Jaipur - Pushkar
After the night in Barathpur, lovely asylum in Rajeev's house (just 130 rupees/night!) we headed for Jaipur, which took us about 3-4 hours. Checked in the guest house and went for a stroll in a Pink City, as they call it. The whole old town is painted in pink (maybe it was pink one day, nevertheless now it's rather orange'ish, in all honesty), full of miscellaneous stalls with all kind of products you can only think of.
On a street we were caught by a Nepalese guy, as it turned out, who recommended us to go to some good restaurant (which name we forgot after 5 minutes..) and the Monkey Temple just a few kms away (this one we decided to leave for the next day). Somehow we got to his house, where he moved to with his family (from Nepal). I was introduced to every single women in there (even the tiny barefoot one ;) ) and then we carried on our walk to eat sth eventually!
We promised to come for an Indian chai afterwards (small sweet & milky tea with masala spice). Neither we had found the recommended restaurant nor we had eaten in the Lonely Planet shot. Yet finally we found on a way a small local restaurant, full of people where we ate loads, filling our stomachs nicely. Good one.
The next day we went to the Monkey Temple – to everyone's surprise – full of monkeys :) Really beautiful and relatively chilled out place, despites the “caretakers” of the temples who wanted to either sell you some flee-market'ish stuff or force you to pay a donation (we put just a small note and the lady looked almost offended that we didn't pay more..) what, again, spoiled the atmosphere. In a holy place I wouldn't expect so much focus on tangibles, but now I've got an impression that India is soaked with it into the last thread unfortunately. Then at every corner again – kids without parents (allegedly), paid photo with someone's cobra snake or cow donation box with an old guy clattering into it with a metal tool every time someone was passing by. Although the monkeys and landscape with scattered temples around were breath-taking and utterly entertaining.;)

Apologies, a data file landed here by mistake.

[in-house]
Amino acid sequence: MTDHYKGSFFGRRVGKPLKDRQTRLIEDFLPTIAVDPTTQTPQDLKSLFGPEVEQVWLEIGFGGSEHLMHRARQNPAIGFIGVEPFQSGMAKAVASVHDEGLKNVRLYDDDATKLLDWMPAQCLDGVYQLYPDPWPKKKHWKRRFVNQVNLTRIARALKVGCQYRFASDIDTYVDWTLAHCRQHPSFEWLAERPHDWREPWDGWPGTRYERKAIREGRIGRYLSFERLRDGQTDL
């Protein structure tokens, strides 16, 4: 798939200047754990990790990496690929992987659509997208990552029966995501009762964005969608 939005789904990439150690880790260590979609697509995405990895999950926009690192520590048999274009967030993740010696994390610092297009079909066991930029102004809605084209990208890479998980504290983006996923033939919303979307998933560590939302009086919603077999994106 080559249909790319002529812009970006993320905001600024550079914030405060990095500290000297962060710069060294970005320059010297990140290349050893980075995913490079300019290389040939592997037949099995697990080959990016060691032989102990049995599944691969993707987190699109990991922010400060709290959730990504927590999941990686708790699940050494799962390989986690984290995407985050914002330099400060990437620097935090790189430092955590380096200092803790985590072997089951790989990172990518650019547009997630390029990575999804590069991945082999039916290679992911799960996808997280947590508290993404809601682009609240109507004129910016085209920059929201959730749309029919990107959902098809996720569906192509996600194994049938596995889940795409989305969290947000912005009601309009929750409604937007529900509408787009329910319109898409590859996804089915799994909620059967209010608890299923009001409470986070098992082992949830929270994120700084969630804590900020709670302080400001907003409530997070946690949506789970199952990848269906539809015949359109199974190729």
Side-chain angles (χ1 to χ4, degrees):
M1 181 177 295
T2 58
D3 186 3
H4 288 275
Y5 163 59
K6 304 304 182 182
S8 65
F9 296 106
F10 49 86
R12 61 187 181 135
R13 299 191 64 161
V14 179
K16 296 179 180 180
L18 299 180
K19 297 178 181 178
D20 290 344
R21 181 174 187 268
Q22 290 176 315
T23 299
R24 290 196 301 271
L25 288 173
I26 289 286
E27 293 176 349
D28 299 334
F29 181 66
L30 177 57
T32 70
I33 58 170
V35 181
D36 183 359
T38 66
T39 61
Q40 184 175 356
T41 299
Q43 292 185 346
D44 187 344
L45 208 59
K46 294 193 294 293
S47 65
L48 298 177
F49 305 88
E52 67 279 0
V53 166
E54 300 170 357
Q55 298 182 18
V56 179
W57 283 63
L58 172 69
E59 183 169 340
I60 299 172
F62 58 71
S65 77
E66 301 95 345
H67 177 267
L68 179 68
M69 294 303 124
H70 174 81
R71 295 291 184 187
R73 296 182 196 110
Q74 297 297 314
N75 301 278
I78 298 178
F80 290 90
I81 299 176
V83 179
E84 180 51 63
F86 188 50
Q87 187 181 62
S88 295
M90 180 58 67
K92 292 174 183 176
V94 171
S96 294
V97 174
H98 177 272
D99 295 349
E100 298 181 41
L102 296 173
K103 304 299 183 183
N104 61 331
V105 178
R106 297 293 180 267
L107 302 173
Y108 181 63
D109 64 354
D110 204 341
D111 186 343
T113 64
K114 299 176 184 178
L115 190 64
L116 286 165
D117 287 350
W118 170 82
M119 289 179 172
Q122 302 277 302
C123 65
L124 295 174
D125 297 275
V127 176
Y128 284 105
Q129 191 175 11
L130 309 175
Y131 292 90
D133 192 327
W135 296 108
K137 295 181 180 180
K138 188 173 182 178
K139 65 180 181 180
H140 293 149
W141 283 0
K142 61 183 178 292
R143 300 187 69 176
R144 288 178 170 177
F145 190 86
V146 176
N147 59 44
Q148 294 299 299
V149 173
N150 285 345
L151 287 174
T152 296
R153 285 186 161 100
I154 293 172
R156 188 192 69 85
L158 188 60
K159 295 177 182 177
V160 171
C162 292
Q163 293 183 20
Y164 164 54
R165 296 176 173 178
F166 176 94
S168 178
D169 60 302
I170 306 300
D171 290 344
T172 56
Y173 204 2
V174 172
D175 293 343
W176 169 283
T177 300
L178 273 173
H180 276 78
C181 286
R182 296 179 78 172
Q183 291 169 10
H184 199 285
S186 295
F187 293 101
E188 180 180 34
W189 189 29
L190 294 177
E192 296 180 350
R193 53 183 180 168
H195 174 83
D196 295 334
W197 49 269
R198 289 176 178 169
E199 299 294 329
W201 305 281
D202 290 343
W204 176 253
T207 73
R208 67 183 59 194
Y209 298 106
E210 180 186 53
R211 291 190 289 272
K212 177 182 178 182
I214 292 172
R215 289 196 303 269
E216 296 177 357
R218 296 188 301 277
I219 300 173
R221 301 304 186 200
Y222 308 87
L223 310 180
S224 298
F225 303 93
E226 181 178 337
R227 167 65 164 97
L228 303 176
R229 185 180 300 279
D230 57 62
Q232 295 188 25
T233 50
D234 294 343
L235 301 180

|sweet monkey kiddo|
Afterwards, the same day, we drove on our Enfield further to Pushkar, the pilgrimage town with its holy lake and ghats (the story tells, that the lake appeared when Brahma dropped a lotus flower). There are very few in the world in general, and one particularly dedicated to Brahma in whole India.
And how the landscape changed, we were stunned! Hills and semi-desert landscape started to embrace us all around, passing by natural pools and lovely roads, with not much traffic. Moreover once we got to our destination point the tranquility of it and really few people struck us instantly.
We got (with a bit of help) to the guest house we were looking for and... set off on night safari on camels. What a glee! :) Each of us was riding a different camel, Pedrak with a guiding boy and I - with his friend. We got to the camel's caretaker house (the same boy) and after a nice dinner, cooked on a fireplace in the front yard, we were set up on the rooftop in a warm lair for a night under the bright moon. So nice! (even if a bit cold just before dawn).
|delicious chapatti are being made|
In the morning after the sunrise and nice, sweet breakfast (Indian chai/tea with sweet paratha's – kinda layer'ish pancakes), stroking every animal I could find on my way (a small orphan goat and his best friend – 8 days old calf, a horse and camels, obviously ;)) and watching how everything was waking up and coming back to the normal, daily rhythm we set off for a morning ride through the semi-desert around Pushkar, already heading back there.
|sunrise on a rooftop in Rajasthan|
|getting ready to school|
|Dad and 5 offsprings on one moped bike, no problem!|
The rest of a day we enjoyed slow-paced rhythm of life in Pushkar, walking around and absorbing its peacefulness. So we did the next day but jumping on a bike and having a charming ride in the town's surroundings. We visited small hindu temples and had some chai with them, grasping every moment amongst the hills and tortuous roads we drove through. Lovely and very relaxing day.
|a temple on a top of a hill cutting above the town|
|"Shiva-Parvati/Adam-Eva, all religions same same" ;)|